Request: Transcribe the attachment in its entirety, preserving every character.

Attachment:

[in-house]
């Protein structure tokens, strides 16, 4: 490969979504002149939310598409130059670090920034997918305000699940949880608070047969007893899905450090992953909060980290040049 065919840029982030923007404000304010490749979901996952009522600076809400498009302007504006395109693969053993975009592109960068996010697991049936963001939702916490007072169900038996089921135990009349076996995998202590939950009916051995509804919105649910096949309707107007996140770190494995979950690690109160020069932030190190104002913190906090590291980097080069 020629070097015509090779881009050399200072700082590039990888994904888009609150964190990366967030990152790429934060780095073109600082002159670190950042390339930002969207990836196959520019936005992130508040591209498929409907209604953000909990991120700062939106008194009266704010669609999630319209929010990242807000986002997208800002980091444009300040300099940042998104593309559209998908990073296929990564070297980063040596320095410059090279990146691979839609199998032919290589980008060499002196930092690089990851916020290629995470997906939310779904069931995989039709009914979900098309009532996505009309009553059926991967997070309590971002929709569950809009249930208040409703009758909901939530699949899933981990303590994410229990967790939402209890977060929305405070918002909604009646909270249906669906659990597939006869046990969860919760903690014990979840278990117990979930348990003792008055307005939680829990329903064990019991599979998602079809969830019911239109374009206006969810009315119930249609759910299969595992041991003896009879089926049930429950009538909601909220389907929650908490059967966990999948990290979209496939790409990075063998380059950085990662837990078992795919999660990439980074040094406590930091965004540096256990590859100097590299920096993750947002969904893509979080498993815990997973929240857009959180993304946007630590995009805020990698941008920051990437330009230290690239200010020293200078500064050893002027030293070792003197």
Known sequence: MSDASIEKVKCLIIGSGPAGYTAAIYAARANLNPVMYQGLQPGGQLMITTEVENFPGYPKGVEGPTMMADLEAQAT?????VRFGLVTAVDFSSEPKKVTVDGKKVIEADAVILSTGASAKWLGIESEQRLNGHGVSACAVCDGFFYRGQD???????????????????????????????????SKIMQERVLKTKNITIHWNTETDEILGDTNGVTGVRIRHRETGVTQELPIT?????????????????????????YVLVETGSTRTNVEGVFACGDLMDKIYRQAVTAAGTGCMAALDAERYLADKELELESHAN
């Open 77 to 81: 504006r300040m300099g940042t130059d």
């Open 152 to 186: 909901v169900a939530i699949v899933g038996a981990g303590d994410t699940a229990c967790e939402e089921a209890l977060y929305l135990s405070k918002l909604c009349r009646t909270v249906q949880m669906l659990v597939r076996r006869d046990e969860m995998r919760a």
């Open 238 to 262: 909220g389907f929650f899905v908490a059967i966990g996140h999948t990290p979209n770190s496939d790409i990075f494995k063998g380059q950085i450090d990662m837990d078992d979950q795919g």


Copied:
[in-house]
């Protein structure tokens, strides 16, 4: 490969979504002149939310598409130059670090920034997918305000699940949880608070047969007893899905450090992953909060980290040049 065919840029982030923007404000304010490749979901996952009522600076809400498009302007504006395109693969053993975009592109960068996010697991049936963001939702916490007072169900038996089921135990009349076996995998202590939950009916051995509804919105649910096949309707107007996140770190494995979950690690109160020069932030190190104002913190906090590291980097080069 020629070097015509090779881009050399200072700082590039990888994904888009609150964190990366967030990152790429934060780095073109600082002159670190950042390339930002969207990836196959520019936005992130508040591209498929409907209604953000909990991120700062939106008194009266704010669609999630319209929010990242807000986002997208800002980091444009300040300099940042998104593309559209998908990073296929990564070297980063040596320095410059090279990146691979839609199998032919290589980008060499002196930092690089990851916020290629995470997906939310779904069931995989039709009914979900098309009532996505009309009553059926991967997070309590971002929709569950809009249930208040409703009758909901939530699949899933981990303590994410229990967790939402209890977060929305405070918002909604009646909270249906669906659990597939006869046990969860919760903690014990979840278990117990979930348990003792008055307005939680829990329903064990019991599979998602079809969830019911239109374009206006969810009315119930249609759910299969595992041991003896009879089926049930429950009538909601909220389907929650908490059967966990999948990290979209496939790409990075063998380059950085990662837990078992795919999660990439980074040094406590930091965004540096256990590859100097590299920096993750947002969904893509979080498993815990997973929240857009959180993304946007630590995009805020990698941008920051990437330009230290690239200010020293200078500064050893002027030293070792003197």
Known sequence: MSDASIEKVKCLIIGSGPAGYTAAIYAARANLNPVMYQGLQPGGQLMITTEVENFPGYPKGVEGPTMMADLEAQAT?????VRFGLVTAVDFSSEPKKVTVDGKKVIEADAVILSTGASAKWLGIESEQRLNGHGVSACAVCDGFFYRGQD???????????????????????????????????SKIMQERVLKTKNITIHWNTETDEILGDTNGVTGVRIRHRETGVTQELPIT?????????????????????????YVLVETGSTRTNVEGVFACGDLMDKIYRQAVTAAGTGCMAALDAERYLADKELELESHAN
């Open 77 to 81: 504006r300040m300099g940042t130059d």
């Open 152 to 186: 909901v169900a939530i699949v899933g038996a981990g303590d994410t699940a229990c967790e939402e089921a209890l977060y929305l135990s405070k918002l909604c009349r009646t909270v249906q949880m669906l659990v597939r076996r006869d046990e969860m995998r919760a």
């Open 238 to 262: 909220g389907f929650f899905v908490a059967i966990g996140h999948t990290p979209n770190s496939d790409i990075f494995k063998g380059q950085i450090d990662m837990d078992d979950q795919g």